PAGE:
Observation: Cutler Ridge

Observation Date
Observer Name
Mike H and Derek D


Location Name or Route
Cutler Ridge
Wind Direction
Wind Speed
Weather Comments
Somewhat dreary day on Cutler Ridge. Spitting rain at the trailhead for a minute, but nothing significant. The winds were moving lots of snow on the ridge tops, and above the Ben Lomond Peak weather station. Temps were warm but as forecasted the temps dropped throughout the day, which began to create some melt freeze crusts in lower elevations.
Snow Characteristics
New Snow Depth
New Snow Density
Snow Surface Conditions
Dense Loose
Melt-Freeze Crust
Snow Characteristics Comments

We checked a lot of boxes in conditions today.  When I began my day, I was prepared for lots of wind crust, and breakable crusts.  Most all of the mid elevation northern aspects skied very well.  So long as you stepped off the skin track and went searching, good snow was not hard to find.  Melt freeze crusts in our lower elevations formed in the afternoon as the temps cooled and the sun disappeared.  We didn't venture into the upper elevations today with all the wind.  

Red Flags
Red Flags
Wind Loading
Red Flags Comments
Lots of snow moving around the ogden mountains today. Easily visable on sub ridges, the skyline ridge, and even over towards avon pass. If these winds increase we will see the touchiness and sensitivity increase as well. It appeared as though there was a small reminence of preserved surface hoar from the past week of high pressure. I was surprised to find it still present, but I think that is going to be a non issue even with more snow. The SH was extremely small and very deteriorated but was able to be triggered in CTs.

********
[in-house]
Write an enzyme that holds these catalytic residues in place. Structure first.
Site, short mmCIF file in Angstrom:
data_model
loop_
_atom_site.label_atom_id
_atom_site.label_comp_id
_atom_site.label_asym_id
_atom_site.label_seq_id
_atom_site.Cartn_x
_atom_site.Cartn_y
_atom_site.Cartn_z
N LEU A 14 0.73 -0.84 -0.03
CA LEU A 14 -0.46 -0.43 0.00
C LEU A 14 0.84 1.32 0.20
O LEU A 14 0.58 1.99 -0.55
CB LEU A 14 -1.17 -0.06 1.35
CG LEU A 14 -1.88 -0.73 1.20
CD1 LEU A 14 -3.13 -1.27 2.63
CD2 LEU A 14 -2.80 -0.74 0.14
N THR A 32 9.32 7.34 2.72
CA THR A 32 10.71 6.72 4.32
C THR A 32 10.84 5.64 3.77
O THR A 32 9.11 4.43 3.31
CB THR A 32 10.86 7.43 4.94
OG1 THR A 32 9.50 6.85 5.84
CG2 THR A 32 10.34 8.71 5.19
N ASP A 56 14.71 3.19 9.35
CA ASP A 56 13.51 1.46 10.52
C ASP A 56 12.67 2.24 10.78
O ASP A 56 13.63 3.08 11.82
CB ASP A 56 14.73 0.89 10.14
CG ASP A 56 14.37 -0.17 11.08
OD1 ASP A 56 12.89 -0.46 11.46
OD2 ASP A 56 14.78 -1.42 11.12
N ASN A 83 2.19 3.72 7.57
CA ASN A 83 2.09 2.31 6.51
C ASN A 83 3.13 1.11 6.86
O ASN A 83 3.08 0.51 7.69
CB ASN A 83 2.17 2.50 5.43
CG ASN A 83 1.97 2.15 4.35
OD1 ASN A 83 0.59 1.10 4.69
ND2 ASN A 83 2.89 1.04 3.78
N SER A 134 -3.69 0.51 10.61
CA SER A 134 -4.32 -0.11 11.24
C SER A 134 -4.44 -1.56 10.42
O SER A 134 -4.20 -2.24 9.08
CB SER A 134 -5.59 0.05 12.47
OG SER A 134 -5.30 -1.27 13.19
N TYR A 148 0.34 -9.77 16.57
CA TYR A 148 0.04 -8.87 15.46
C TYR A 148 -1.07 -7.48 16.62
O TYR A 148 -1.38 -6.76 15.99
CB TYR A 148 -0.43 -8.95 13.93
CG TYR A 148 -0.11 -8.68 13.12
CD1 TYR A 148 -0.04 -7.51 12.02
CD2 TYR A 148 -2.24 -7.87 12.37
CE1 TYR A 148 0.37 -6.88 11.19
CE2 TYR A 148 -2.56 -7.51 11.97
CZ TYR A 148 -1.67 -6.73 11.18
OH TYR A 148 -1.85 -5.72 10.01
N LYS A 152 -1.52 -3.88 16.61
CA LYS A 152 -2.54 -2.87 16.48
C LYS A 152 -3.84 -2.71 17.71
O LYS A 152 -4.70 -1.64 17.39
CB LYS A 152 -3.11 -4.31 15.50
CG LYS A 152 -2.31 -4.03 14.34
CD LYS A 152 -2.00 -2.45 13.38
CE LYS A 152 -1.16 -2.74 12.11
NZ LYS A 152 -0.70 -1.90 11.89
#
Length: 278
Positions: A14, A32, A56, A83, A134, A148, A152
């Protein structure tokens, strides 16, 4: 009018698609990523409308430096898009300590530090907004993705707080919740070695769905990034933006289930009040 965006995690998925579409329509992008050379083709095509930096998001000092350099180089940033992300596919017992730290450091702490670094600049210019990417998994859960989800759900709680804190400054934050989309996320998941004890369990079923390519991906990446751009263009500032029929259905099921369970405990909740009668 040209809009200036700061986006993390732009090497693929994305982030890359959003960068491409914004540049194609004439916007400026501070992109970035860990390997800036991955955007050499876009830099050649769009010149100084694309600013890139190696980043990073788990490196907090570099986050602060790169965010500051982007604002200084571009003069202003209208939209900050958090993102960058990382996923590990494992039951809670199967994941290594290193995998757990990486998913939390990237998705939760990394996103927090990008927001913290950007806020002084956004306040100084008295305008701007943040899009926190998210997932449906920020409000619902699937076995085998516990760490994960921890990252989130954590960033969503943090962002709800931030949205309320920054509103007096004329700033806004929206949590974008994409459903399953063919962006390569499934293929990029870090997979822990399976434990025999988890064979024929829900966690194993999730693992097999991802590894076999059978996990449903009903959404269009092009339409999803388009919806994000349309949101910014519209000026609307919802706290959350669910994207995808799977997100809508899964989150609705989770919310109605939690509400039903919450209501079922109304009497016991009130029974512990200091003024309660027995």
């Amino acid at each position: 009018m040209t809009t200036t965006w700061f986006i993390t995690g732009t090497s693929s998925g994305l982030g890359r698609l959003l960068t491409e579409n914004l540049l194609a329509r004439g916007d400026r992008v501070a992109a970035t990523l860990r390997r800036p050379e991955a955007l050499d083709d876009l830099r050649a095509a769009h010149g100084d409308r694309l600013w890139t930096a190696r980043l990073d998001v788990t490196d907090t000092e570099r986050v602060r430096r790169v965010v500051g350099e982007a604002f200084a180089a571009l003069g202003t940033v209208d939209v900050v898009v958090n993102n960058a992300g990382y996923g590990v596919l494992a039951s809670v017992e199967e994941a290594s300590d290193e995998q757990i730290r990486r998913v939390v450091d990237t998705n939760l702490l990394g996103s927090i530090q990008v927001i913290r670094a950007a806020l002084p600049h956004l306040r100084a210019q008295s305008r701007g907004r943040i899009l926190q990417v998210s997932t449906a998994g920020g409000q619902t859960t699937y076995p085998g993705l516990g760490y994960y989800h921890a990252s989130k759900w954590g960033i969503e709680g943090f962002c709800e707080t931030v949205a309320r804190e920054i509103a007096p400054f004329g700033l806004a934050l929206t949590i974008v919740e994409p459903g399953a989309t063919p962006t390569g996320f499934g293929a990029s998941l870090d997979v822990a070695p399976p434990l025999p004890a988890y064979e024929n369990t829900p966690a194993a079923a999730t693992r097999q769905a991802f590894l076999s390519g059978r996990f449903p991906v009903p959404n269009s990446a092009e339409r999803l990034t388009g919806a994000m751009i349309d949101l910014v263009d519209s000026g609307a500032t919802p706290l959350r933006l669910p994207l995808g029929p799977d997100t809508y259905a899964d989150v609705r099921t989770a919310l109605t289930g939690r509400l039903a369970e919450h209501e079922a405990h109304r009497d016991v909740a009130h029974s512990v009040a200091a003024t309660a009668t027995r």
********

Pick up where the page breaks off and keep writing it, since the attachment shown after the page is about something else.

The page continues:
Avalanche Problem #1
Wind Slab
Increasing Danger
Problem #1 Comments

Lots of snow available for transport and lots of wind out there today.  I imagine we will see some larger wind slabs forming off our ridges and sub ridges.  

Avalanche Problem #2
Persistent Slab
Decreasing Danger
Problem #2 Comments

We still have some layers of concern but this problem is becoming harder and harder to find.  If we do trigger one of these avalanches though, it could be catastrophic and in the right terrain, unsurvivable.  Low probability, High consequence is the name of the game with these.  No results with our ECT tests today despite the compression tests revealing some instabilities. 


Picture 1 - Snow profile (note the 300cm probe next to the ruler.... its deep out there)

Picture 2 - some graupel on the surface (above 7,000 ft)

Today's Observed Danger Rating
Tomorrows Estimated Danger Rating
Snow Profile Coordinates